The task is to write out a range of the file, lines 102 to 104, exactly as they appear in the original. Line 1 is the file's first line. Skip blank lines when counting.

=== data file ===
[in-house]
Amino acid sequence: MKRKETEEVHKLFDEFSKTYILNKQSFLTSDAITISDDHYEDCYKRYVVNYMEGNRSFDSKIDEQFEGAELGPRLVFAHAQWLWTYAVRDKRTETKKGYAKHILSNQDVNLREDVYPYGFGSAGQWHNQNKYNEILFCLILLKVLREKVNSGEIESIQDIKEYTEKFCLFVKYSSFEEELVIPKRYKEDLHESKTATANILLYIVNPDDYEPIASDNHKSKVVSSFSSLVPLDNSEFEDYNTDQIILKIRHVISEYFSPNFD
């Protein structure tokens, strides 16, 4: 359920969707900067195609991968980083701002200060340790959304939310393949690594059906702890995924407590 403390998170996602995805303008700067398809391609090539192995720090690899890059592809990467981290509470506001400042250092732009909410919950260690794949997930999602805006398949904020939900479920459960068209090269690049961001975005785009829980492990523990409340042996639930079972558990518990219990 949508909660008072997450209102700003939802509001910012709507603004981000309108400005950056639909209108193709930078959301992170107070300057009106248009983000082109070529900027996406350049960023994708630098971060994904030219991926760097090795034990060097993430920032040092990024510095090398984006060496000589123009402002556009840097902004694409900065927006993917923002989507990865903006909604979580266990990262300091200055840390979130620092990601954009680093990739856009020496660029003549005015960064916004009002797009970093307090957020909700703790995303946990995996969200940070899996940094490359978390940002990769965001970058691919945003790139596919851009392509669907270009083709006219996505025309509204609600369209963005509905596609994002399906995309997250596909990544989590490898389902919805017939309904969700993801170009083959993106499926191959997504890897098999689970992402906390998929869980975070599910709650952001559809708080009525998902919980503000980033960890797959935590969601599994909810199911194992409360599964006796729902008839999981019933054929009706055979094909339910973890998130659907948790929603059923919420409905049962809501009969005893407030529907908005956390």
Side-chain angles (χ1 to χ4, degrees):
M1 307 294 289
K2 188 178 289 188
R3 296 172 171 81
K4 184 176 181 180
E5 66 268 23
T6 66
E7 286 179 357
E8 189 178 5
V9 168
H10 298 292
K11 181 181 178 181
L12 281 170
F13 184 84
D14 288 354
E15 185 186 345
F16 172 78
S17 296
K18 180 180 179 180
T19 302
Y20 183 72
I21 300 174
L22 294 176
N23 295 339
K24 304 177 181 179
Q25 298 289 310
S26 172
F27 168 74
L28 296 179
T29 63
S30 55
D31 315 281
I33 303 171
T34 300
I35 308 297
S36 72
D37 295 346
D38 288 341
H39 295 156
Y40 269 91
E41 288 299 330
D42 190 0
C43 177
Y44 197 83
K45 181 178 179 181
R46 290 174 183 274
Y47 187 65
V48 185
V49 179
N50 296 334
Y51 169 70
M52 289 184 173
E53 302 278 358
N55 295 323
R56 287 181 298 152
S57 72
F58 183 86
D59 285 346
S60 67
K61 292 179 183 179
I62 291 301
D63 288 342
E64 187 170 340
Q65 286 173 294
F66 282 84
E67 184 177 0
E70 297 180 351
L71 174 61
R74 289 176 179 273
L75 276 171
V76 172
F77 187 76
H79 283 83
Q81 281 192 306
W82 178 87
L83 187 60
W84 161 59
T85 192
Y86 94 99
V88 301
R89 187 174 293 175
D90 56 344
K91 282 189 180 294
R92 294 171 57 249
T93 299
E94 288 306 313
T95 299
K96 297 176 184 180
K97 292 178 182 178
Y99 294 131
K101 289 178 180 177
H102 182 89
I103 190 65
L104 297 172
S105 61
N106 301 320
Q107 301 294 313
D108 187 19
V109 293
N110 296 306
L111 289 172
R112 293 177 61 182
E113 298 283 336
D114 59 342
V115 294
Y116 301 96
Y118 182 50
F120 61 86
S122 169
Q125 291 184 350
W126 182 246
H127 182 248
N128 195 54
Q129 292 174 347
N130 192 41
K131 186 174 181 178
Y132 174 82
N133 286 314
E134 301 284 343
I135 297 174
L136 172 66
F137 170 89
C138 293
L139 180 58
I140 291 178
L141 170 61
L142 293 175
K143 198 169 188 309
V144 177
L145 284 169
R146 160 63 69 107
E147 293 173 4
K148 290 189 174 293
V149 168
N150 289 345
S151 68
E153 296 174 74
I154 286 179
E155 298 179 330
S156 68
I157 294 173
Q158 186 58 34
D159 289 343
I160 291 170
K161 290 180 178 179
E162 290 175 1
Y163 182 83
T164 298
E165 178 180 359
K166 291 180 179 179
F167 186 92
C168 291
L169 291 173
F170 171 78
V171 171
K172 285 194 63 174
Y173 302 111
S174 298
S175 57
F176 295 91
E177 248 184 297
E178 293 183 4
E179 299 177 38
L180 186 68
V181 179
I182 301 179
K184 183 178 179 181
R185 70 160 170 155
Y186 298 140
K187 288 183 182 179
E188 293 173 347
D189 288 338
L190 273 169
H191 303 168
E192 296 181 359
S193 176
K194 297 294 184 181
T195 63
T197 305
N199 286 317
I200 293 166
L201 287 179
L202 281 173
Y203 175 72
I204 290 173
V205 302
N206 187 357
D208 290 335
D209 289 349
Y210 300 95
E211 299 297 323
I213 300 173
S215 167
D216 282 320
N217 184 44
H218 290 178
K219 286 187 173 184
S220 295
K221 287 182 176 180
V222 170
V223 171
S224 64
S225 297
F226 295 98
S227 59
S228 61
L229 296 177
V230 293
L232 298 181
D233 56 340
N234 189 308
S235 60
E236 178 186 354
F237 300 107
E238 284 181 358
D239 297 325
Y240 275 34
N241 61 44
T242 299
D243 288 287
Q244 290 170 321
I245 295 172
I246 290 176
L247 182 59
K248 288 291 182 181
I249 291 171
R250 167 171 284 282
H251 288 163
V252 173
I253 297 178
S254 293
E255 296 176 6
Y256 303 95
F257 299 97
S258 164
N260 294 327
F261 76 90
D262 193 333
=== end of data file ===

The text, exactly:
V109 293
N110 296 306
L111 289 172